Starting next year, U.S. employees at insurance company Unum Group will have a choice: The company will put money toward their student loans, if the worker gives up five paid vacation days.
The new perk is a creative twist on an increasingly popular benefit. Confronted by a tight labor market and ever more indebted applicants, about 4% of big companies surveyed by the Society for Human Resources Management say they’re helping their employees repay their loans with cash payments of up to $250 a month.
The deal for Unum’s 8,500 workers, though, is different: Cash for debt in exchange for unused vacation days. Each day is worth an employee’s hourly rate for an eight-hour day. Parents who share responsibility for a child’s loans also qualify to cash in.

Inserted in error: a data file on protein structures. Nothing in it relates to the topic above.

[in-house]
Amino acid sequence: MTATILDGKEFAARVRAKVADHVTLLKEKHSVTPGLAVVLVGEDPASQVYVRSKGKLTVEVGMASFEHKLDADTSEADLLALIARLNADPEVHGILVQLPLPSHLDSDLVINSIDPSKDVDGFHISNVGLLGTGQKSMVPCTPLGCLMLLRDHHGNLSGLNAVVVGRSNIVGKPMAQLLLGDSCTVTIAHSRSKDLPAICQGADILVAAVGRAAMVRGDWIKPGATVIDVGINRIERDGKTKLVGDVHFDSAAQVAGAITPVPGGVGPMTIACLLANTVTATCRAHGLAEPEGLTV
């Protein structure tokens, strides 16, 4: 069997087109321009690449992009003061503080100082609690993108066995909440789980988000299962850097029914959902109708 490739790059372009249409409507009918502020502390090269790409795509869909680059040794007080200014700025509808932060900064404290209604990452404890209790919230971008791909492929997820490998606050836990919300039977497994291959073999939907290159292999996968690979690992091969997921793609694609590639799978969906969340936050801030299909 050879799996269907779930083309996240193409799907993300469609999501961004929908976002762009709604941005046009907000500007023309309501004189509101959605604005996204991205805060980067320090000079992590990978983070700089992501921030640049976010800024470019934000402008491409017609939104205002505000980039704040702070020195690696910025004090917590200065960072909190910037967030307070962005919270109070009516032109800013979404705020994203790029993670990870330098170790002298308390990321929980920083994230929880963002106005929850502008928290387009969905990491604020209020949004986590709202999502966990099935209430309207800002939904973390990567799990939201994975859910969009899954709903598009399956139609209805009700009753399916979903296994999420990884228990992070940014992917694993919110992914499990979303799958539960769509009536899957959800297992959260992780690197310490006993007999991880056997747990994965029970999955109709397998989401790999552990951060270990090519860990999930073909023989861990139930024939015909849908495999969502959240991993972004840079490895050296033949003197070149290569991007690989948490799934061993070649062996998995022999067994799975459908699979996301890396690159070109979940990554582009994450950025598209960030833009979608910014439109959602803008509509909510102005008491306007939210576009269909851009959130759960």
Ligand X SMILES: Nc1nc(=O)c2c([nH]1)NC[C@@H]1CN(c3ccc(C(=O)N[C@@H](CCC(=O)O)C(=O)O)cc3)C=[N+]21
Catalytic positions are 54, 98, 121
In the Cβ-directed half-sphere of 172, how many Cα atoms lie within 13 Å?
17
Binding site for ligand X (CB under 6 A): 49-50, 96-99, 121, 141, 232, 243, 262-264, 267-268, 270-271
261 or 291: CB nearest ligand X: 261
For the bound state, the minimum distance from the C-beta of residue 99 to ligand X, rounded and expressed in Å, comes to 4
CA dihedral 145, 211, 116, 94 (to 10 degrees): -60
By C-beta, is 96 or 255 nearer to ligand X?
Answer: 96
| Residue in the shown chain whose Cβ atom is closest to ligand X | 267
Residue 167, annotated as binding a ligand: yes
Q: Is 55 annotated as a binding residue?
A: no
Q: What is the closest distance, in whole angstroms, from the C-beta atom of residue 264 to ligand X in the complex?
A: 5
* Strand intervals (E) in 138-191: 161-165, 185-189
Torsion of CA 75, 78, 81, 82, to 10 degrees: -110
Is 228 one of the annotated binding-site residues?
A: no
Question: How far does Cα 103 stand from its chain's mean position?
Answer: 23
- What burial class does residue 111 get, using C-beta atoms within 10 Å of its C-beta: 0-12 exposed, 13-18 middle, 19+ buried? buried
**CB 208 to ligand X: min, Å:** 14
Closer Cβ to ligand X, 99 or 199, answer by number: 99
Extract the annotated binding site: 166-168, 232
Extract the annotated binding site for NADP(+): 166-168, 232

(Related: Time Is the Most Popular Perk: Unum)
“We thought it was a more creative method,” said Carl Gagnon, who runs financial well-being programs at the Chattanooga-based insurer.
Unum estimates that around 30% of its U.S. workforce will take advantage of the benefit. On average, Unum employees carry $32,000 in debt, with payments of $350 a month, according to the company’s internal research. How much workers can earn for their vacation days depends on their salary, but the company estimates an average of about $1,200 a year.